Firefly Music Festival’s VP & Festival Director Stephanie Mezzano Talks Success Of Fest’s Lightning-Fast 2021 Return

Courtesy Firefly Music Festival
Sophie Hawley-Weld performs at Firefly Music Festival at The Woodlands in Dover, Del., Sept. 26.
After weathering the storm of COVID’s 2020 lockdown and managing to pull off planning a 50,000-capacity festival in just four and a half months, nothing was going to stop Firefly Music Festival from making its grand, post-lockdown return in 2021 – even a literal lightning storm. 

“Sure, it was a little bit muddy that first day. And it was tough for everybody involved. But to me, it was like we were all trying to bring live music back and put this big show on and I’ll be damned if anything stops us!” vice president and festival director Stephanie Mezzano told Pollstar about having to push Thursday’s opening to 8 p.m., with some artists rescheduled to other stages that evening.“The show must go on! And it did. And it felt incredible.”

Along with Billie Eilish’s triumphant headline set Thursday, the Sept. 23-26 lineup at The Woodlands of Dover International Speedway featured The Killers, Tame Impala, Lizzo, Megan Thee Stallion and many more. 

Mezzano joined AEG Presents after the company bought Red Frog Events’ shares of Firefly in 2018. She is one of the co-founders of Firefly and previously served as president of operations for Red Frog. Mezzano spoke to Pollstar about quickly making the ’21 festival happen, hosting Firefly’s first Pride Parade and introducing the event to its newest super fan.  

Firefly VP & Festival Director Stephanie Mezzano
– Firefly VP & Festival Director Stephanie Mezzano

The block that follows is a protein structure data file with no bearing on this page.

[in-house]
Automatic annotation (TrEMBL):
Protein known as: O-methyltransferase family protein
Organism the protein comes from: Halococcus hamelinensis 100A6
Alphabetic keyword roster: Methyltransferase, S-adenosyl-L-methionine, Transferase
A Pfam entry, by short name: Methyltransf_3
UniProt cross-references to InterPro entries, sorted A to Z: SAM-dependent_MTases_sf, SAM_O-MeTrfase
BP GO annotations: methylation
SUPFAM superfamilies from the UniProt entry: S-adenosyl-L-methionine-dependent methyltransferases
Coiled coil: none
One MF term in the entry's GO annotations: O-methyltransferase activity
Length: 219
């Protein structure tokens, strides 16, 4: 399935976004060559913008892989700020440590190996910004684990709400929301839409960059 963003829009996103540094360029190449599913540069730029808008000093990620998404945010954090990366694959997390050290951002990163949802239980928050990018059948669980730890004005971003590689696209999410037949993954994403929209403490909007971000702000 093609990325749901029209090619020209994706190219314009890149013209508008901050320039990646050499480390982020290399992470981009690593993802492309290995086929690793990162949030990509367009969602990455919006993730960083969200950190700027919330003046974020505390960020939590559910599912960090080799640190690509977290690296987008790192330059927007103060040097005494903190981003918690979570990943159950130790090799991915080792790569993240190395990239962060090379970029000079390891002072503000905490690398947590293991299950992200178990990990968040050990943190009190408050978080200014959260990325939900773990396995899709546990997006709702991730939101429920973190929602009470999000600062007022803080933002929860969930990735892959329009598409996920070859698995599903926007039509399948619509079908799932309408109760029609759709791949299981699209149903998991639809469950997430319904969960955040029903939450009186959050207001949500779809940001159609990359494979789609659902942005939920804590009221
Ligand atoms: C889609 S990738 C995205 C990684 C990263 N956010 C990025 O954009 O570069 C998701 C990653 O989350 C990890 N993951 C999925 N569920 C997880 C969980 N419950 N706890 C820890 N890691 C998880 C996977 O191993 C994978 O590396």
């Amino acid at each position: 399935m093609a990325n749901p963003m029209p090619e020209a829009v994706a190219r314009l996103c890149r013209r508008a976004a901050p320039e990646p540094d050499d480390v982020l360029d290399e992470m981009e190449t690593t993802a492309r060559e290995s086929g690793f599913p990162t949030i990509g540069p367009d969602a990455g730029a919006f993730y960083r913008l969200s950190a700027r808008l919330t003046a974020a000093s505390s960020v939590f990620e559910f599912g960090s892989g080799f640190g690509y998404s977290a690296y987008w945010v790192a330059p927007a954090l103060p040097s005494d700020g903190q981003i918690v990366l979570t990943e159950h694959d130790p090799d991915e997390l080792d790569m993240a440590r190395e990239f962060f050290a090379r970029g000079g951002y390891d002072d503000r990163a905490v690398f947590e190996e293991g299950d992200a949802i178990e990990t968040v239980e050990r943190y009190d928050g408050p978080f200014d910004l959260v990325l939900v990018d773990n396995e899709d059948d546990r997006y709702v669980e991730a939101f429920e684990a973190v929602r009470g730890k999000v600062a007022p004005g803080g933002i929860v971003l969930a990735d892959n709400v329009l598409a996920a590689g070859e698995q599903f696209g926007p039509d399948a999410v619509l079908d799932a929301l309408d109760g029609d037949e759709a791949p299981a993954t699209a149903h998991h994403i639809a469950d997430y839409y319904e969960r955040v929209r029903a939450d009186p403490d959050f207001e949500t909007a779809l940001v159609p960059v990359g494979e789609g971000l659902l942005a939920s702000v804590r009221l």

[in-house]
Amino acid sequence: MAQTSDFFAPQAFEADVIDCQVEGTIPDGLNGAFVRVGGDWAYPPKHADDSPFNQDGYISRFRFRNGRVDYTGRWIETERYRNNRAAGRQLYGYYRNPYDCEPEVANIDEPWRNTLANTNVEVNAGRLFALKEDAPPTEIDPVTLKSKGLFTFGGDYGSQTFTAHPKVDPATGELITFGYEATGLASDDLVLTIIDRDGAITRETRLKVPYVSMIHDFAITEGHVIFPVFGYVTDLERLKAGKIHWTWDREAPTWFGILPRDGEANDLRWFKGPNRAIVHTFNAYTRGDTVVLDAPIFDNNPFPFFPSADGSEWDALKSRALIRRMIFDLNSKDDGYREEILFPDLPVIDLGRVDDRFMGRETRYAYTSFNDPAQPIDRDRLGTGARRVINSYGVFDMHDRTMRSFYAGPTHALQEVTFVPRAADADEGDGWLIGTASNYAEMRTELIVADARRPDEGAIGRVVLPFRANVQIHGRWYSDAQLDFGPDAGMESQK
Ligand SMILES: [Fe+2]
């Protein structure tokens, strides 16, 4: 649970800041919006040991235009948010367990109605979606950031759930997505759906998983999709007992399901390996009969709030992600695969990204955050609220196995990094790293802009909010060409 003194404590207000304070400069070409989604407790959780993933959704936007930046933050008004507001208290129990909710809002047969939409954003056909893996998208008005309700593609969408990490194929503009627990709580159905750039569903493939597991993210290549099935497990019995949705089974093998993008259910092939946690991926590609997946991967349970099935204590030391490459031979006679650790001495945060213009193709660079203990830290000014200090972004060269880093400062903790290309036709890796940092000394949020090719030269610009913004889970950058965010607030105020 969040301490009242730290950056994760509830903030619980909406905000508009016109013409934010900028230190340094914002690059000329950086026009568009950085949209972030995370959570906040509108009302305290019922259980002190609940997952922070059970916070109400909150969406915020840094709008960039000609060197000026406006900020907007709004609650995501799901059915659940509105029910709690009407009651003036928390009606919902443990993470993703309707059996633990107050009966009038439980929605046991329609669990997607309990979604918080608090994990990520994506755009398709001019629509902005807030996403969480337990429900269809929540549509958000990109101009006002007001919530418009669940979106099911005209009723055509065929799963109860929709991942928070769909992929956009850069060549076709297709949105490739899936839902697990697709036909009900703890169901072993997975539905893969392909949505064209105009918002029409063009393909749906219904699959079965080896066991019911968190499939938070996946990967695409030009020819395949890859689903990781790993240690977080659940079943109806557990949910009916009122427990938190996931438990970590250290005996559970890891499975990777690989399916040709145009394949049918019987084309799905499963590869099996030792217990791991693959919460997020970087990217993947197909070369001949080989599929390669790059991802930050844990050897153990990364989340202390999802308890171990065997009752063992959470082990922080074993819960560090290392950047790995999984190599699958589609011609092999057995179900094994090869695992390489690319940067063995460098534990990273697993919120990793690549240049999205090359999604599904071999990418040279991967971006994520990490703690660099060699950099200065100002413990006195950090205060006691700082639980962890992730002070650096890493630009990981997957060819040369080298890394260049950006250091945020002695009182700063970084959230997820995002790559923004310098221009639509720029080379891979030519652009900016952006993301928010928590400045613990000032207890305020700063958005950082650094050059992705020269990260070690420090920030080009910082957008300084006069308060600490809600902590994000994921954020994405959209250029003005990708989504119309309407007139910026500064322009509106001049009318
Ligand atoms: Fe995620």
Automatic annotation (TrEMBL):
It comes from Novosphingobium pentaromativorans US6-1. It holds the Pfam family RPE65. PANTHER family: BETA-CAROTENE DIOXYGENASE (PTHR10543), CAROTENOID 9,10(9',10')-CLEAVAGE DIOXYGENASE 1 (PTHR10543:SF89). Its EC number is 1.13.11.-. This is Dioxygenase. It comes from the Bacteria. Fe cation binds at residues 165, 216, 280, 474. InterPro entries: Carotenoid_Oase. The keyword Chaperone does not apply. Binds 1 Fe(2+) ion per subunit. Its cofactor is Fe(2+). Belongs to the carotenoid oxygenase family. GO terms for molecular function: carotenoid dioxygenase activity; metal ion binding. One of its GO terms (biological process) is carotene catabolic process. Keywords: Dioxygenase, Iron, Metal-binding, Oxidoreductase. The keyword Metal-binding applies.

introduces her son Ezra to his first music fest at Firefly 2021.

Pollstar: You discovered Firefly’s home in 2011. What initially connected you to the space?

Stephanie Mezzano: We had been touring up and down the East Coast. At the time, it was a fairly untapped market for festivals. We went to probably about five or six other venues. Our last visit was the Speedway. We spent probably the first 75% of the tour looking at the actual track itself and the infrastructure. In the last maybe half hour of our visit they were like, “Come see our campgrounds.” We drove back to this area of unbelievably gorgeous, giant trees. Once you’re in there, you don’t see anything else. As soon as we stepped in there, it was like, well this is it. This is what you want to feel at a music festival … completely off the grid from the rest of the world. … 
Over the last, now it’s coming up on 10 years, we’ve slowly been working with the property and putting a lot of investment into it … proper drainage and shower facilities and things like that, that have allowed us to grow the festival into a really good location for a multi-day music festival where something like Thursday could happen where you get a lot of rain.  

What happened with the rain?